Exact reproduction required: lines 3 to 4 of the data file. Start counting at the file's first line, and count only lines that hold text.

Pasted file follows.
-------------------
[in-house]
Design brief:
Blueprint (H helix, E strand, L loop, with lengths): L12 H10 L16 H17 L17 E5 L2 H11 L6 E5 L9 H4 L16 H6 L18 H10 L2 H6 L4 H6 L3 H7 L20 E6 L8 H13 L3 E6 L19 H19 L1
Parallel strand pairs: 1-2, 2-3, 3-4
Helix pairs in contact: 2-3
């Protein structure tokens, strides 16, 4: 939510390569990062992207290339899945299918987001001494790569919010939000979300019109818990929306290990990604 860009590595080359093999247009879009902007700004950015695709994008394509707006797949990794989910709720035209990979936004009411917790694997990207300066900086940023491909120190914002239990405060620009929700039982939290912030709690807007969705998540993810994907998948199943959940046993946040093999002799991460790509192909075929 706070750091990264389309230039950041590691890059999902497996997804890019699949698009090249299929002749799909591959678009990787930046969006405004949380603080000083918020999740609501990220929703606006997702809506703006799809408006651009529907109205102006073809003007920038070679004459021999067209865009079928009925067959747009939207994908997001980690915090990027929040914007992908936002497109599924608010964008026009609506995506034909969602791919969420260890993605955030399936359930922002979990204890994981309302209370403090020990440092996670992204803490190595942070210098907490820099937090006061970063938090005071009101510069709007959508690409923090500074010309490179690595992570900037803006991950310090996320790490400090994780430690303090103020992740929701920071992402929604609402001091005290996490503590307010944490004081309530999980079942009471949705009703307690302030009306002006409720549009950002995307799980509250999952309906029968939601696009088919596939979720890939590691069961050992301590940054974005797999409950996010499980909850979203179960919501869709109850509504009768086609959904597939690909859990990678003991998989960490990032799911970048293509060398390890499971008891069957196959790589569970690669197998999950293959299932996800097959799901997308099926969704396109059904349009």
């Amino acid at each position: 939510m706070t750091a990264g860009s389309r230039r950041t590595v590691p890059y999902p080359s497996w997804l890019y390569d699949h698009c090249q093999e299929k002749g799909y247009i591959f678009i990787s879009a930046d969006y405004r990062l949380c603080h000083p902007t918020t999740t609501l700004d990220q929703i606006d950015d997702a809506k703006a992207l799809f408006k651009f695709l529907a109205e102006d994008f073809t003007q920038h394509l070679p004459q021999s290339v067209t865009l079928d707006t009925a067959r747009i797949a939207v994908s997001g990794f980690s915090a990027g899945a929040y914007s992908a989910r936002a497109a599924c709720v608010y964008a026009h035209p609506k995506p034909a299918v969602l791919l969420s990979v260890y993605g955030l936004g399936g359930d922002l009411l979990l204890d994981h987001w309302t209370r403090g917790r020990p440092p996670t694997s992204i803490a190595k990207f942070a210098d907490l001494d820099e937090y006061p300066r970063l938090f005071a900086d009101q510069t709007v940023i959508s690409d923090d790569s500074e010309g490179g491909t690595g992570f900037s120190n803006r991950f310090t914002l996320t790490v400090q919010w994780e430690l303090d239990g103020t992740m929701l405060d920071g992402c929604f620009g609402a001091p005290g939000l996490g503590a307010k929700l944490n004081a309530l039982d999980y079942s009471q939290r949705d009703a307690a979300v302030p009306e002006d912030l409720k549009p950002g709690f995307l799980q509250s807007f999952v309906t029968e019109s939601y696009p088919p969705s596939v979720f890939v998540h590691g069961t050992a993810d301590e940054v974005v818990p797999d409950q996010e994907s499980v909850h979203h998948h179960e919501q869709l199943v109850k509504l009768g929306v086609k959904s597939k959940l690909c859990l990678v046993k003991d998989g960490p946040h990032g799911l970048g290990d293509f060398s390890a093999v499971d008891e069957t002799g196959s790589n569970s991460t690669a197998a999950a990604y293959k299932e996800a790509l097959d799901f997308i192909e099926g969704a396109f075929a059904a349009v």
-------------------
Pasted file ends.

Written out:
Blueprint (H helix, E strand, L loop, with lengths): L12 H10 L16 H17 L17 E5 L2 H11 L6 E5 L9 H4 L16 H6 L18 H10 L2 H6 L4 H6 L3 H7 L20 E6 L8 H13 L3 E6 L19 H19 L1
Parallel strand pairs: 1-2, 2-3, 3-4